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Life has ups and downs, reminding more or less of an emotional rollercoaster; but some memories stay in your memory way longer than the others. Emotional memories of traumatic life events (physical or mental), especially cases of accidents or serious illnesses are stored in a particularly robust way by the brain which makes effective treatment very difficult. It’s common sense that such a memory stays in your memory very intense, but now researchers at ETH Zurich and the University of Zurich have conducted a study which pins out the chemical reasons for this.
These days is “post-traumatic stress disorder” is one “hot” diagnosis, being on a lot of people’s lips. However, it is by no means a modern disorder; it always occurs when people are put into extreme and really stressful situations.Also, it is known that emotional memories of both a positive and a negative kind are stored by our brain in a particularly robust way.
As an effect, these memories have a significant effect on our behaviour and, in the case of adverse memories, they can place considerable restrictions on the way we go about our lives. What this means is that such a person would tend to avoid certain places, certain people or just doing certain things. Such is an impact of these memories that they’re not just about the past, but about the present and also the future. Don’t buy it? Well, Isabelle Mansuy, Professor of Cellular Neurobiology at ETH Zurich and of Molecular and Cognitive Neurosciences at the University of Zurich, and her research group have now shown that the enzyme calcineurin and the gene regulation factor Zif268 decisively determine the intensity of emotional memories. You really should buy it now.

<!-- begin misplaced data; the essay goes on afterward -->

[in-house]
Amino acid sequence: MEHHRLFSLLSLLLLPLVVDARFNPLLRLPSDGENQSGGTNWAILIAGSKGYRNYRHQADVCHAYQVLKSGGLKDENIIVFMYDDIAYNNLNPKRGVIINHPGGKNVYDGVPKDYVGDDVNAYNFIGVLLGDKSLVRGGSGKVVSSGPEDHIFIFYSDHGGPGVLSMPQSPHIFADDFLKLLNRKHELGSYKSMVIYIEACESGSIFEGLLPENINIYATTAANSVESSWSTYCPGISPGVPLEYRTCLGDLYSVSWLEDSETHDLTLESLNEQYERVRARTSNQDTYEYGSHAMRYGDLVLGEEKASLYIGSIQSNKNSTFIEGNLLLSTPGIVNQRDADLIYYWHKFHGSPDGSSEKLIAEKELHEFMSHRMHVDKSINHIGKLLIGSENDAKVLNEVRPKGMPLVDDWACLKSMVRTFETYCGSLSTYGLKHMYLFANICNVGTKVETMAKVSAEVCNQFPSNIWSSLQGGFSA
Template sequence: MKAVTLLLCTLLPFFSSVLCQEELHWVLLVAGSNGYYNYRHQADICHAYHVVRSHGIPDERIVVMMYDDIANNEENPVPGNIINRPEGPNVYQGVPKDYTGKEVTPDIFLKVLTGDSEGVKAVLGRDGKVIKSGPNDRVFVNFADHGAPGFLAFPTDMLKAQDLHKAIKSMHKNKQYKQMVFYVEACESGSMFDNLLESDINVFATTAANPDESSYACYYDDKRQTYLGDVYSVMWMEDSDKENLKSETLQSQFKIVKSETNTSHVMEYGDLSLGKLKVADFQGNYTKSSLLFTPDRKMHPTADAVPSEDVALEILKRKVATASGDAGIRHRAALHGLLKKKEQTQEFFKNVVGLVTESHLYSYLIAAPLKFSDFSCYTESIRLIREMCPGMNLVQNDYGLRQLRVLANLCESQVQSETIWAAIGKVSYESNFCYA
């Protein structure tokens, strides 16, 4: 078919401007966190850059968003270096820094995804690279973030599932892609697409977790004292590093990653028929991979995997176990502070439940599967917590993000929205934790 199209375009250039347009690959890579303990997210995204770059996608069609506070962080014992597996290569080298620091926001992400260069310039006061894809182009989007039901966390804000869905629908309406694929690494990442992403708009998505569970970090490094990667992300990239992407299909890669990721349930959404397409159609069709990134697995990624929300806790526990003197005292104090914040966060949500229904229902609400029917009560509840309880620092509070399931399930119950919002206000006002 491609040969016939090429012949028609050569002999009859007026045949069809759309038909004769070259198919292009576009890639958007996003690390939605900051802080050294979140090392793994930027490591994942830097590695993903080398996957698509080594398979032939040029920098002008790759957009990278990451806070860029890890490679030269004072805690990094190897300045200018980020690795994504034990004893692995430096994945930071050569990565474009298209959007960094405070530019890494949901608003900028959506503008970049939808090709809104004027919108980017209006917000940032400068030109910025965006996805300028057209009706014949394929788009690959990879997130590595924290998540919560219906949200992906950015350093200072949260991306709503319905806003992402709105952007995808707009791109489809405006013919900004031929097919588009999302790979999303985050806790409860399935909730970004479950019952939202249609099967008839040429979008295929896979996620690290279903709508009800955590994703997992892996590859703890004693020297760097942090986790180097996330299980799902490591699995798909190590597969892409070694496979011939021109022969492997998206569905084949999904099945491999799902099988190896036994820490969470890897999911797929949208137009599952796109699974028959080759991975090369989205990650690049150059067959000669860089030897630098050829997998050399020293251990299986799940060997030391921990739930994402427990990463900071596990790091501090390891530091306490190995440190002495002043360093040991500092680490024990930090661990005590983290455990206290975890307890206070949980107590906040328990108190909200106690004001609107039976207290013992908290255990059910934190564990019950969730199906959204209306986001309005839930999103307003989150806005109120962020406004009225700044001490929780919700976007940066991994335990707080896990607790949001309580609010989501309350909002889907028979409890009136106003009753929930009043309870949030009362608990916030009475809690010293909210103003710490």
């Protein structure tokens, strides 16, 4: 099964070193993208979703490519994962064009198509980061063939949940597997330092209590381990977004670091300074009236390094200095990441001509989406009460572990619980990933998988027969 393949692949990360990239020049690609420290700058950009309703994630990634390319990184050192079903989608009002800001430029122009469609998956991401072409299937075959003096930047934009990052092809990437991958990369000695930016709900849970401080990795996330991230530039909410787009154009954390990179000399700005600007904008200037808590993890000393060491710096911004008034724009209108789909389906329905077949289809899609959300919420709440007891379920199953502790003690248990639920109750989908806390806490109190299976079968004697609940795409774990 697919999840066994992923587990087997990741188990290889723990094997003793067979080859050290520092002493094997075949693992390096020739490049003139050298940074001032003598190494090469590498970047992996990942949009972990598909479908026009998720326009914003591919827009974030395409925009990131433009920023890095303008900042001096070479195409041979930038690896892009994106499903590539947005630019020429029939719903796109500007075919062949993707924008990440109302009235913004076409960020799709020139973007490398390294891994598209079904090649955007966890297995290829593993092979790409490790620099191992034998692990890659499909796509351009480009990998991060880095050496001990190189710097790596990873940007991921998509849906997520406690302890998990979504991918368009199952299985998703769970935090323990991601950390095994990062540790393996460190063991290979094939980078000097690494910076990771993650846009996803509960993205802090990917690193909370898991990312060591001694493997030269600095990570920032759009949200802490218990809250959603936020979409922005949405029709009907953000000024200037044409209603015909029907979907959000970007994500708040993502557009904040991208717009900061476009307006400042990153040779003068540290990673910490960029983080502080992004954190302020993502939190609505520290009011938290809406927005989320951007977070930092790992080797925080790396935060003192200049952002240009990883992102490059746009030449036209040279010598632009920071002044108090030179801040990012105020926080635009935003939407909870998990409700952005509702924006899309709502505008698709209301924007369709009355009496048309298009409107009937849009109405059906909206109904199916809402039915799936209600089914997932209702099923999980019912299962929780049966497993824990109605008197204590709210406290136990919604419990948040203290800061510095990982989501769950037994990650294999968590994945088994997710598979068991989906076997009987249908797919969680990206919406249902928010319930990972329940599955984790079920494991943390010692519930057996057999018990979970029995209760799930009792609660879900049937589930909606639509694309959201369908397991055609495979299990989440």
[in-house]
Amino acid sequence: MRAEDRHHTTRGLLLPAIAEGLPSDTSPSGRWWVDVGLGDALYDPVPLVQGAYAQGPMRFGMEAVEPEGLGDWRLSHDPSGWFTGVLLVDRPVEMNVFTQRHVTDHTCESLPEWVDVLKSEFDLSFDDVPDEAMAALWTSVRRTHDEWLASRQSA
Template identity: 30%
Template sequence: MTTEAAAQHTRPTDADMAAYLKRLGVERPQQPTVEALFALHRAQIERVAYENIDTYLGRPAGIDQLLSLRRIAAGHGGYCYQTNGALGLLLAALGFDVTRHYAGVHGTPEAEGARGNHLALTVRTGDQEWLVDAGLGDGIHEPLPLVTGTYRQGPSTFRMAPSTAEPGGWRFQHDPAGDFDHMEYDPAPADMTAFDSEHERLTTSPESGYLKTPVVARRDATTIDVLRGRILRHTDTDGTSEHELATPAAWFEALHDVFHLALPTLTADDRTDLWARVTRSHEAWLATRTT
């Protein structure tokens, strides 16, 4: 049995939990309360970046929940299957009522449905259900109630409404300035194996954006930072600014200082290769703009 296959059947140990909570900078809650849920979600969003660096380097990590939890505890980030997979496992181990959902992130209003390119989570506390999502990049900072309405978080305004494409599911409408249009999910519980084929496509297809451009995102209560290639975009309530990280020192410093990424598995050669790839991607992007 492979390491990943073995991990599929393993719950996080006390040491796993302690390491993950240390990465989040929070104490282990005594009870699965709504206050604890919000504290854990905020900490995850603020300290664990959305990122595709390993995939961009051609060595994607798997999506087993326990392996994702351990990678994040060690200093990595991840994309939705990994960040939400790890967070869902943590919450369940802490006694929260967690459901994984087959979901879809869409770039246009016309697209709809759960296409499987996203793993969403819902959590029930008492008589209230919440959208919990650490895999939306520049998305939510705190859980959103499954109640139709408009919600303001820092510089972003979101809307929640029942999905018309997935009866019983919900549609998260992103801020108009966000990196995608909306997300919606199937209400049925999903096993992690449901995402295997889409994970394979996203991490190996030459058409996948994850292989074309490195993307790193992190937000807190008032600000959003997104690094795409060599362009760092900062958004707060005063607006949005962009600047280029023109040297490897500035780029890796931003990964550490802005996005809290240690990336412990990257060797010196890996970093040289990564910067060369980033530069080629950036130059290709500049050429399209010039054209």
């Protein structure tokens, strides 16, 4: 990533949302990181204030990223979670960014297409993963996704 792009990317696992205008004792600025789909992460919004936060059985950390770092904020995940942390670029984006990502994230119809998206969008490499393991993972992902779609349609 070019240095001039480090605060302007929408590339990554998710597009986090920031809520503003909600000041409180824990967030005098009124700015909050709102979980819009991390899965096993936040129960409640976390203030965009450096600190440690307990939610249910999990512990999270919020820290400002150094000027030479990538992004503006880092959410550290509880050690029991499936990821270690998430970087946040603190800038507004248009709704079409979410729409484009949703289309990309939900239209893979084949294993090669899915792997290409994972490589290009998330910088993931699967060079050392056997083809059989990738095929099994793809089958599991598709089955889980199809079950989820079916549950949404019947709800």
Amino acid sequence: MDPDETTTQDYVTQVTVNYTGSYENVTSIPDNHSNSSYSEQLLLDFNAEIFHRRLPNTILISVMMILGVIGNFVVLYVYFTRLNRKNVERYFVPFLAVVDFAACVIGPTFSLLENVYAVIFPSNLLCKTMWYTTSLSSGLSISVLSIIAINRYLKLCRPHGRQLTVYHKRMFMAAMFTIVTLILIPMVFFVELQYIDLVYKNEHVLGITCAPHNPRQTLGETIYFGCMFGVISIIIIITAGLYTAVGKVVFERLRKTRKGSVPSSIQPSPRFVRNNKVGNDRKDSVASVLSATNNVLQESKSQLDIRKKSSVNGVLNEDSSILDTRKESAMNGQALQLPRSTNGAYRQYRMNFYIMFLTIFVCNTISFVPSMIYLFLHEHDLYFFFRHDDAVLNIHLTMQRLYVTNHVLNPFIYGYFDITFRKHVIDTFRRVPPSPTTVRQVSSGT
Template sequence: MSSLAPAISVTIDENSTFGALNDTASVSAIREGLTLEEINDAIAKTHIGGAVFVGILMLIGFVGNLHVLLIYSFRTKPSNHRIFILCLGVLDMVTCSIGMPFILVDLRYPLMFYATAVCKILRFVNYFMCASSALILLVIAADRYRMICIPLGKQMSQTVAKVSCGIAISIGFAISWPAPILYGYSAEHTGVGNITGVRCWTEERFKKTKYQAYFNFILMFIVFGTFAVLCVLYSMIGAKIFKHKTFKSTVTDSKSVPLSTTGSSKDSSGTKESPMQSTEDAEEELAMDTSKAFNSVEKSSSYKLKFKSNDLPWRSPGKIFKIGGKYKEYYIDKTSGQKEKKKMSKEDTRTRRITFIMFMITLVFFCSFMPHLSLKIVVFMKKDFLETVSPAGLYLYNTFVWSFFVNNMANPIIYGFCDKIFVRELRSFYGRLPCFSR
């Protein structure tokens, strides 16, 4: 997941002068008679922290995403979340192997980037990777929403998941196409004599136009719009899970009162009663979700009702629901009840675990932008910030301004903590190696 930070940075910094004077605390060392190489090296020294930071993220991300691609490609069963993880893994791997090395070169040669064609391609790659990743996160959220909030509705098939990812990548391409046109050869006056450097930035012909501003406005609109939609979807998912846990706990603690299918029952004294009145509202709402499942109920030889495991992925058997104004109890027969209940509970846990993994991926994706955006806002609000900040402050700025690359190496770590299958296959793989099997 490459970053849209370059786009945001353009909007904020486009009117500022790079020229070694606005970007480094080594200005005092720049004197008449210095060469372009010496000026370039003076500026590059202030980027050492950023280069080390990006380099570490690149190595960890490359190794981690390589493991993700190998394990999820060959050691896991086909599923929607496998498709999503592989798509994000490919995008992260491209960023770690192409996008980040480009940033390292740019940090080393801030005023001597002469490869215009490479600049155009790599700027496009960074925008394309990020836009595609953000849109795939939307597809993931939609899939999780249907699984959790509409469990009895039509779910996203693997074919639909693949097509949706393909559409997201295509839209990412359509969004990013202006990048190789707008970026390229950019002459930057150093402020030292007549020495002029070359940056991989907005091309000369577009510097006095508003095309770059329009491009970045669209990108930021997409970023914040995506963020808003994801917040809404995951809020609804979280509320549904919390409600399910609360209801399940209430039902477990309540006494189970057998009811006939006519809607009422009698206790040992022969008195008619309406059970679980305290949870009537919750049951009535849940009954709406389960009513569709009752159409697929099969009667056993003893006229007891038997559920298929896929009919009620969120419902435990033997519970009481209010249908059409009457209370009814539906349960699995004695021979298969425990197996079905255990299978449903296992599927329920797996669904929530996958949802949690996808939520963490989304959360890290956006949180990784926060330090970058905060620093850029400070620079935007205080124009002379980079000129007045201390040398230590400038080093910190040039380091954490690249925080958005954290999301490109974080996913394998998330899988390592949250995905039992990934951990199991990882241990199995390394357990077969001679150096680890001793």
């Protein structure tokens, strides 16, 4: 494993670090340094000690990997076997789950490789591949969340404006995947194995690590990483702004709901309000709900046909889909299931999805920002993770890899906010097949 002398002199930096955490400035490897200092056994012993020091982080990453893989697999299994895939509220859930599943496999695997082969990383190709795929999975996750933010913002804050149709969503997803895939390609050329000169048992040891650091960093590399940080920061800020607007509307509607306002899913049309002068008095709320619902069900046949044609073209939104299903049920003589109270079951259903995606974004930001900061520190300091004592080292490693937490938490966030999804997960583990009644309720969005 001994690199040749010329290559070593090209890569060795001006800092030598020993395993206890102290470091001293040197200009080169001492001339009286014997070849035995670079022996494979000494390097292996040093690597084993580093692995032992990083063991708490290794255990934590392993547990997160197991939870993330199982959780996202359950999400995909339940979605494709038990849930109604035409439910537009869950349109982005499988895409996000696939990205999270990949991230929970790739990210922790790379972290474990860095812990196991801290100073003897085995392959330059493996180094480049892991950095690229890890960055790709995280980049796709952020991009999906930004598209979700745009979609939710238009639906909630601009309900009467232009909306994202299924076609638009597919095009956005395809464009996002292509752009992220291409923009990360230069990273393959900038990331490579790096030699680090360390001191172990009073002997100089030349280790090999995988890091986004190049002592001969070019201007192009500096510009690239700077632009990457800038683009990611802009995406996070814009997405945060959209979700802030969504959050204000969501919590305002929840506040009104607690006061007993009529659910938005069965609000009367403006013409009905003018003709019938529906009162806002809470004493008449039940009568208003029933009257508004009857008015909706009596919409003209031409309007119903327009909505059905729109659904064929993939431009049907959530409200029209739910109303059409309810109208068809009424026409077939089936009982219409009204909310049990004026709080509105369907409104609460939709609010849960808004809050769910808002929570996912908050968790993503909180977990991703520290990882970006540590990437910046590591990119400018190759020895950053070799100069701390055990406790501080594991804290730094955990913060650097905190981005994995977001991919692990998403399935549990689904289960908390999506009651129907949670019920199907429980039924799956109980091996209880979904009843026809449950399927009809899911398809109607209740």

“This process is not final and absolute, since the priority list can change again.”
Karsten Baumgärtel, a post-doctoral researcher in Mansuy’s group, stresses that this is a big difference between emotional memories and learned knowledge.
“It is entirely possible for facts to vanish completely from the memory, whereas in extreme cases emotional recollections remain stored for a whole lifetime. Active intervention is necessary to reduce the priority level of negative memories.”